Coco – El almuerzo de Dante

Screen Shot 2017-11-02 at 1.38.04 PM.pngWow!  I am SUPER excited for this movie to come out November 22, 2017!  It is by far one of the most anticipated movies on my list (aside from all the superhero movies) in a long time and I’ve been counting the days!

In class, we have been doing activities designed around one part of the trailer, El almuerzo de Dante (Dante’s Lunch).  The students are super engaged and come eager to class every day, as do I!  Yesterday, I spent a fair amount of time organizing a slide show to support the mini-story I wrote using screen shots from the trailer.  Today, we read the story together while looking at the pictures.  I gestured the story while reading using the TPR in Context list I created and front-loaded for several days.

Here is a link El almuerzo de Dante – Story and Materials where you can find the materials I have created.


Below are the activities that we did leading up to reading together in class today.  Many of the structures I have used in the storyline are recycled from past stories.

  • Front-load TPR in Context – I hit this hard for a few days and then do it nearly every day after.  (Below you will find  two videos of me showing my students these gestures.  I was out sick and wanted them to still have some sort of input.  Here are the videos.  No judging.  I was sick.  In jammies. 😉 )



  • Tell / Circle story while watching video clip several times over several days on and off (just the Dante’s Lunch part)
  • Reverse Charades with TPR in Context (Brain Break)
  • Reverse Pictionary – with TPR in Context (Brain Break)
  • Quizlet with TPR in Context
  • Project and read story to students using gestures pausing to check for comprehension
  • Project and read story to students with student actors
  • Pinzas – Teacher reads phrases or projects phrases out of order
  • Rompecabezas – puzzle
  • Draw – Teacher reads or projects phrases out of order and students draw on paper or white boards
  • Match phrases to photos  – Reading and Listening)
  • Write story using photos as a guide
  • Tell story using photos as a guide

Frase de la Semana

(Password inspired by Alina Filipescu and Bryce Hedstrom)

Week 1: ¡Eso me hace agua la boca! (That makes my mouth water!)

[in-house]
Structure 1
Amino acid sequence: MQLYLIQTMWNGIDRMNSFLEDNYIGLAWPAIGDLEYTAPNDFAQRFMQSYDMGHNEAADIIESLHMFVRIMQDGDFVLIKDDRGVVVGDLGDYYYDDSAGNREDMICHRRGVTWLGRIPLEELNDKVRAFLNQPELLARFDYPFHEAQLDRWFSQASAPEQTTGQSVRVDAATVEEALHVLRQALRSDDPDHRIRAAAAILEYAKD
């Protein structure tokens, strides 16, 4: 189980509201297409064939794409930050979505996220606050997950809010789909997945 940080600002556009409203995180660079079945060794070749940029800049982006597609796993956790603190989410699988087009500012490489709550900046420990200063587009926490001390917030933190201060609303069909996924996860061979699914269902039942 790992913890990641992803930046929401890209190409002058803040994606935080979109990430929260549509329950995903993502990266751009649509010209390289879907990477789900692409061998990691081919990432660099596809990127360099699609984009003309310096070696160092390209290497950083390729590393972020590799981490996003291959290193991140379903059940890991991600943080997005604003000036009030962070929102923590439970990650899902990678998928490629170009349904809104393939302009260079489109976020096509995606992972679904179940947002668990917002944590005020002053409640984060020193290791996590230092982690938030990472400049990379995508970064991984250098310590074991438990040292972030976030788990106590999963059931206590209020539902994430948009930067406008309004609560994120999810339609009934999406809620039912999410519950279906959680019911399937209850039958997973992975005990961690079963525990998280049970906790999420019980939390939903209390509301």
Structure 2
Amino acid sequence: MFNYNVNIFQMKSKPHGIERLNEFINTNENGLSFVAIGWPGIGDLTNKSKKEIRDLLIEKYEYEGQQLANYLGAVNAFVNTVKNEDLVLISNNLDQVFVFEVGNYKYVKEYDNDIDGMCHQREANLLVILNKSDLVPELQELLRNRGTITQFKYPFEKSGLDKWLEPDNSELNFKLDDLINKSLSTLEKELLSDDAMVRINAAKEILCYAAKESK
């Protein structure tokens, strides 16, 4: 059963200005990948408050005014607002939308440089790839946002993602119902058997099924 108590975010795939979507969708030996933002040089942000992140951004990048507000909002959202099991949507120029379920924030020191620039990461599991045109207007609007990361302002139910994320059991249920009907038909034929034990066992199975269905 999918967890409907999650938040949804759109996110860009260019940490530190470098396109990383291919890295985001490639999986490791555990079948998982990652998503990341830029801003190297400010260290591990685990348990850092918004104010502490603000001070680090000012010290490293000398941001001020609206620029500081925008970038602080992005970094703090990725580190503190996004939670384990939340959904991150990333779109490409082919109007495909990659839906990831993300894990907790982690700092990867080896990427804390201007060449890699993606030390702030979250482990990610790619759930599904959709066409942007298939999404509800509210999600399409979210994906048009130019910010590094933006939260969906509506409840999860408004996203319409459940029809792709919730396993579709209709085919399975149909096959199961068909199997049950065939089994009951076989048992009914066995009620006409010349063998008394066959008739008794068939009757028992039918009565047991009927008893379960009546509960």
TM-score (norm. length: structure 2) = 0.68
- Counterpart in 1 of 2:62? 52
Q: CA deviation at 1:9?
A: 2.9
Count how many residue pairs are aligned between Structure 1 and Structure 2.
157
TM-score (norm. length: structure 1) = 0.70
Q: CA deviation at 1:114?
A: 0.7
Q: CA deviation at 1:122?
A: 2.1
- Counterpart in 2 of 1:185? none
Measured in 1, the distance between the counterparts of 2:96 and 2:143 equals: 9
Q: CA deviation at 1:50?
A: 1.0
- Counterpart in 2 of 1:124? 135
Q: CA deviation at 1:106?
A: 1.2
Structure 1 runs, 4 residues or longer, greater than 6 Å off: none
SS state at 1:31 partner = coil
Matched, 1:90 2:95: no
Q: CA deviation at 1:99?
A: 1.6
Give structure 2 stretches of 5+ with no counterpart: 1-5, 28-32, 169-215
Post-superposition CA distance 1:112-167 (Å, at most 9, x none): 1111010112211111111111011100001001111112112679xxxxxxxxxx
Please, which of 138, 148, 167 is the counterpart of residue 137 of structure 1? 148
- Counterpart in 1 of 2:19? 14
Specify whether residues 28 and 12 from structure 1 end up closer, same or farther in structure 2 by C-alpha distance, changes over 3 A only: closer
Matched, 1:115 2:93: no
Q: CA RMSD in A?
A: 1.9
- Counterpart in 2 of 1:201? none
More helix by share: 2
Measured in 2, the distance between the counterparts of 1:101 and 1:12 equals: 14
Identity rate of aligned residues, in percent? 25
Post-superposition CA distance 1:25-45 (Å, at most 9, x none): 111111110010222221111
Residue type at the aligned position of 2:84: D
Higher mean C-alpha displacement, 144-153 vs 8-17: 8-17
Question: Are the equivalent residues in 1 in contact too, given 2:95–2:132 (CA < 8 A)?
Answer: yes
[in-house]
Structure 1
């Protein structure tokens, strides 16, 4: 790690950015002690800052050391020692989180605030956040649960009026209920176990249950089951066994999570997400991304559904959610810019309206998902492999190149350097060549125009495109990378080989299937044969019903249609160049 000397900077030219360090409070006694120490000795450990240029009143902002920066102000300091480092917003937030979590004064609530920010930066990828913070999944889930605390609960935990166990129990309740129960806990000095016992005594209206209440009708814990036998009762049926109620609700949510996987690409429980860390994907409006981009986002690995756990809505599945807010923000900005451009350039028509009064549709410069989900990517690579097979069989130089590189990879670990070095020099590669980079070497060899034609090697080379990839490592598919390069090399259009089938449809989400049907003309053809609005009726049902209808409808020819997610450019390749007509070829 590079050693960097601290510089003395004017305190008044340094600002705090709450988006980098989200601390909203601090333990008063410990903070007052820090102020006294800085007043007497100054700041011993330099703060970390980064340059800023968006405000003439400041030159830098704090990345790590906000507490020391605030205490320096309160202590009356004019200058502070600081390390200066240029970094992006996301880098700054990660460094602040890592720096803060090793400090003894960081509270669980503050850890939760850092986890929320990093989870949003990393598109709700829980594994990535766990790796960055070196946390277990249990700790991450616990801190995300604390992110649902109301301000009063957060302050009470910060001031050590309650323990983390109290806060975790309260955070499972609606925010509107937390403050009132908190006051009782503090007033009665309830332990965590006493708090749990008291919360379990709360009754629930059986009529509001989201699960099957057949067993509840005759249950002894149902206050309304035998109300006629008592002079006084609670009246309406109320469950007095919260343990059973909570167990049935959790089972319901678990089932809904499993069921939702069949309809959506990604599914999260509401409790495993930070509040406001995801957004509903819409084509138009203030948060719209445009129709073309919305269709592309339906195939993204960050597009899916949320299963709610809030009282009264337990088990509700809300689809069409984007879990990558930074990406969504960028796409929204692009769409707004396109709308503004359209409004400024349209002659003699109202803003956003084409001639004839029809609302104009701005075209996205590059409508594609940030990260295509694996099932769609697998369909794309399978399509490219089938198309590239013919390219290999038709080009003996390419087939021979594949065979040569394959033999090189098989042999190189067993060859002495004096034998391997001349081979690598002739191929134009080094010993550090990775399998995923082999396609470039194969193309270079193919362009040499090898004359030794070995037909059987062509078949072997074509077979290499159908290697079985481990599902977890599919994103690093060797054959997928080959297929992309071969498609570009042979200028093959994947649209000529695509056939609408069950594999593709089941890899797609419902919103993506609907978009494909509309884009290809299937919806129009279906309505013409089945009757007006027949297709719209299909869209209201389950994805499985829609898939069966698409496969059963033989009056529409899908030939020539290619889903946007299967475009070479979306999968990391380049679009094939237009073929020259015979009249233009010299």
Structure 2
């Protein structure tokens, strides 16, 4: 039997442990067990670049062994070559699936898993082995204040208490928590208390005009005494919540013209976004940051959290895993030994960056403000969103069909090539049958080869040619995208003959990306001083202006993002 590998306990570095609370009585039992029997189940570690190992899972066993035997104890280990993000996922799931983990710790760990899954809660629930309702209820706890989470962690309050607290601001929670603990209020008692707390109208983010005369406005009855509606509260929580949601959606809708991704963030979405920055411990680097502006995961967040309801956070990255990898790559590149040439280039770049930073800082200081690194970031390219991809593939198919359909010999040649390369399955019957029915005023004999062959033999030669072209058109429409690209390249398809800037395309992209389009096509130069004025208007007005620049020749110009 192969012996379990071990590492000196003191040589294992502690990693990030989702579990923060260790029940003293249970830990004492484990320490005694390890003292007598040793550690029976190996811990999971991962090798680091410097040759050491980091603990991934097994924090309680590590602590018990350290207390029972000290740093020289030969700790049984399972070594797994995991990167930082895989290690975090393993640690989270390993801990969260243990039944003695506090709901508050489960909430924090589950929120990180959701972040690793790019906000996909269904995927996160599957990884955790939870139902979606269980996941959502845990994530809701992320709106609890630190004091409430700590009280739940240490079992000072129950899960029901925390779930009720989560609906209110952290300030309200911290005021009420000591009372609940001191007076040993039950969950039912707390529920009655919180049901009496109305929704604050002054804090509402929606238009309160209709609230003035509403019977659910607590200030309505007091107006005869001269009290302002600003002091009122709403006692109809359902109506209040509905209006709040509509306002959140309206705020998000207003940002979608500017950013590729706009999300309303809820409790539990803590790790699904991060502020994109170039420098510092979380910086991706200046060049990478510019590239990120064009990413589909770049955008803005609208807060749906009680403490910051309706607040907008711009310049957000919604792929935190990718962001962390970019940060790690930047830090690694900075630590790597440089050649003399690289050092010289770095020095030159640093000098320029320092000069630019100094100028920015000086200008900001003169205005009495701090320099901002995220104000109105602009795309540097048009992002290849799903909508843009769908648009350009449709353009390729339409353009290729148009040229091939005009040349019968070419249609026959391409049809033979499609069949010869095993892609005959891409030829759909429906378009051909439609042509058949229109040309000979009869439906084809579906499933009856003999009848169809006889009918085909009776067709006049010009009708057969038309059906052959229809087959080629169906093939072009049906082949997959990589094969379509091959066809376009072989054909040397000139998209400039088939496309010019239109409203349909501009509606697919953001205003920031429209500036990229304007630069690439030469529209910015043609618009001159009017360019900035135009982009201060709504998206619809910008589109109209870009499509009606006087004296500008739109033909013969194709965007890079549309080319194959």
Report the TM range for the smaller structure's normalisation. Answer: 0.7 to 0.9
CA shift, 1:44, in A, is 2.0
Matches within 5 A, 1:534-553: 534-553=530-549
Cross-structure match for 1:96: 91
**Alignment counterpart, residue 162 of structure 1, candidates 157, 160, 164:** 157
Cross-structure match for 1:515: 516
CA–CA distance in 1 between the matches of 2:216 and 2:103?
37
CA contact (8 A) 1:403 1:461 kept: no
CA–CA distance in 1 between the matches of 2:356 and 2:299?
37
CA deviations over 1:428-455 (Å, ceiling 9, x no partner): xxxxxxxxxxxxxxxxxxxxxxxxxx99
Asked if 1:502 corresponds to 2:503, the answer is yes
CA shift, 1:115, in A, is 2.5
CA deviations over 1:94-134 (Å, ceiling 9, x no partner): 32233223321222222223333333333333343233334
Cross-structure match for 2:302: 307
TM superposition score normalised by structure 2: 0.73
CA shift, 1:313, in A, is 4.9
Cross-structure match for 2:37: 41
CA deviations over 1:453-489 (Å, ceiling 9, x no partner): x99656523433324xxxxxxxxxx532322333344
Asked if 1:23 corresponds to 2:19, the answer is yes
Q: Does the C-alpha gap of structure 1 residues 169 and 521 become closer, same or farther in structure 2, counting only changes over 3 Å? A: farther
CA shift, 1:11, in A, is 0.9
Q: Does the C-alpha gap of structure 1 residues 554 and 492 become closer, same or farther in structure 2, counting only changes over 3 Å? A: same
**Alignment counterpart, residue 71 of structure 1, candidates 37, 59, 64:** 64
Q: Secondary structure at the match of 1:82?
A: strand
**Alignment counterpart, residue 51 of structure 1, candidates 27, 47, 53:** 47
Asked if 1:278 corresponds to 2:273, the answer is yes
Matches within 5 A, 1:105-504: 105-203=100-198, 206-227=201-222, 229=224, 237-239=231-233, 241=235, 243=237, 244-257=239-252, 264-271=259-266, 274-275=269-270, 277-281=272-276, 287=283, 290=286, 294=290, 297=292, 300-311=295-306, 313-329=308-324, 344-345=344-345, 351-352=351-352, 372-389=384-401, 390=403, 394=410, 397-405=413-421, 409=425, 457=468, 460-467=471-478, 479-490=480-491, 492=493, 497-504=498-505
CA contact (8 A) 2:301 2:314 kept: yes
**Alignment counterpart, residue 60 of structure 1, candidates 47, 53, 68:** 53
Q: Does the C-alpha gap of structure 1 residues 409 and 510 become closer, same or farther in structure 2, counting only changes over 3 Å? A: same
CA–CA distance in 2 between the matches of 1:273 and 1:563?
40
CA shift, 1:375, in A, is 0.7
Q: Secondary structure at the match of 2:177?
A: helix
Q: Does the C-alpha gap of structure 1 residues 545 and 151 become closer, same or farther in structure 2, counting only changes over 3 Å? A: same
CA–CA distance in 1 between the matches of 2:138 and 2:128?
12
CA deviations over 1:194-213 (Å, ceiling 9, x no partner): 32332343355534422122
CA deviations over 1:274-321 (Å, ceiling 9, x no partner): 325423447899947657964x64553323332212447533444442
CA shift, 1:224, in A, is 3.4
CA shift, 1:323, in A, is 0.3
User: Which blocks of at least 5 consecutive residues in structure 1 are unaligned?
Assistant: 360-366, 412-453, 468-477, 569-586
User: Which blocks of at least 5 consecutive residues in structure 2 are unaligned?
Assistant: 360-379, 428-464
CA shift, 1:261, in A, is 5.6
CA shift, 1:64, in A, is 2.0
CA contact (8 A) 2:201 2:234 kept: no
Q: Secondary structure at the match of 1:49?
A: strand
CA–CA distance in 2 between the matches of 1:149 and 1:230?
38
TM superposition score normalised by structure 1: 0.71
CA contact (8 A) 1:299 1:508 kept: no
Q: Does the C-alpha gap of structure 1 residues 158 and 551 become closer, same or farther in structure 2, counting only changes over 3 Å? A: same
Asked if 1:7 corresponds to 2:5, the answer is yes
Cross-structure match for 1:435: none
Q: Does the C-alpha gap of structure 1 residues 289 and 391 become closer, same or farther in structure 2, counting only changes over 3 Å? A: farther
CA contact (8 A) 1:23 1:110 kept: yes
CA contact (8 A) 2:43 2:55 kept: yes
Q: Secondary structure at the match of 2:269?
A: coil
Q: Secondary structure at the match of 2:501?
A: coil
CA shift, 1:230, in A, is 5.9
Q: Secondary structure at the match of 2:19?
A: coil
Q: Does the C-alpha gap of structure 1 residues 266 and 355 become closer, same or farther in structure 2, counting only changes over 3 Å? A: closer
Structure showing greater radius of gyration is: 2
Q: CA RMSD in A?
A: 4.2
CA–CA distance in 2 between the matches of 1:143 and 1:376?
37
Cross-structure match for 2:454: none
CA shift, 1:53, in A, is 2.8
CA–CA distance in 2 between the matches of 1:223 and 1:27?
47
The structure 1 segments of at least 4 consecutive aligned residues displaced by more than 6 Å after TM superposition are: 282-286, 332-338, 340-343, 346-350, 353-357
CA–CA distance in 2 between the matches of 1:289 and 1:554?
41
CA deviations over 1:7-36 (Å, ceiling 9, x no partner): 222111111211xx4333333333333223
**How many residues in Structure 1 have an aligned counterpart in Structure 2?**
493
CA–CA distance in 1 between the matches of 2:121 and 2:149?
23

Greet students at the door and help them through the phrase of the week each day until they are able to say it fluently.  I have it posted with the translation for reference.

Week 2:  ¿Qué te hace agua la boca? (What makes your mouth water?)

After students tell you the phrase of the week, ask them the question and help them translate their answer.  I usually warn them on Friday that I am going to ask the question, so they should have something in mind.  You might want to suggest they refer to for help with translation outside of class as they are deciding their answer.

Other Materials!!!

After tweeting out my phrase of the week yesterday @newellystories, I discovered that Elena Lopez @lopezelena has also created an awesome movie talk and accompanying resources of the same clip in Coco!!!  Her story is amazing and our stories and materials combined could make a great embedded reading and unit.  With Elena’s permission, I’m sharing this link  Coco – La cena de Dante to her materials!  Thank you Elena!


¡Dibuja! / Draw!

I’ve been concerned about my students not getting enough input of the “I” and “you” forms and have been exploring new avenues to deliver our story through engaging activities to our novice classes.  In our upper levels, we are still sometimes hearing students using the the subject “I” with the third person singular form of the verb.  Yo quiere / Yo tiene / Yo mira…  (I wants / I has / I looks…).

We typically have our students draw our stories.  They LOVE drawing on our white boards!  (And wearing the socks on their hands…)  Why not have them draw the story while they listen to it from the perspective of one of the characters!?

I explained that they would have two tasks.

1.  To mark the times they heard the “o” / “oy”at the end of the action word in the sentence, indicating the subject “Yo” (I)

2.  To draw what they hear

I make sure that there are no side conversations during my activities because everything I say in Spanish is important.  🙂  I have 20 minute classes for elementary and 30 minute classes for middle school and secondary, and we use every minute.  (High School also has a Spanish enrichment time which I will describe in a different post another day.)

Also, to encourage the students who need me to know that they got it correct and typically shout out “Yes!” or “I got it right”, I request that if they need me to know they got it correct (and most of them want me or someone else to know) they give me a thumbs up and a big smile.  “¡Pulgares arribas, sonrisas enormes!”

I did this activity with 3rd through 8th Grades today.  They loved it.  I loved it.  We will do the activity again tomorrow from the perspective of yet another character.

Below is a clip I filmed in one of the classes.  At the end of the video we count the number of times they heard the “o” or “oy” to indicate that the subject is “yo” (I).  If you look closely in the pictures, you will see the tally marks on their white boards.




Batdora:  Mi mamá me dice, “Yo no sé.  Busca en tu habitación.”  Yo busco en mi habitación, pero no puedo encontrarla.


Batdora:  Yo le pregunto a mi mamá, “¿Mamá, tu sabes dónde está mi mochila morada?”


Batdora:  Yo le pregunto a mi mamá, “¿Mamá, tu sabes dónde está mi mochila morada?”


Cuando el matador sale al balcón, las mujeres le tiran flores.  (El matador guapo – El ratón Pablito –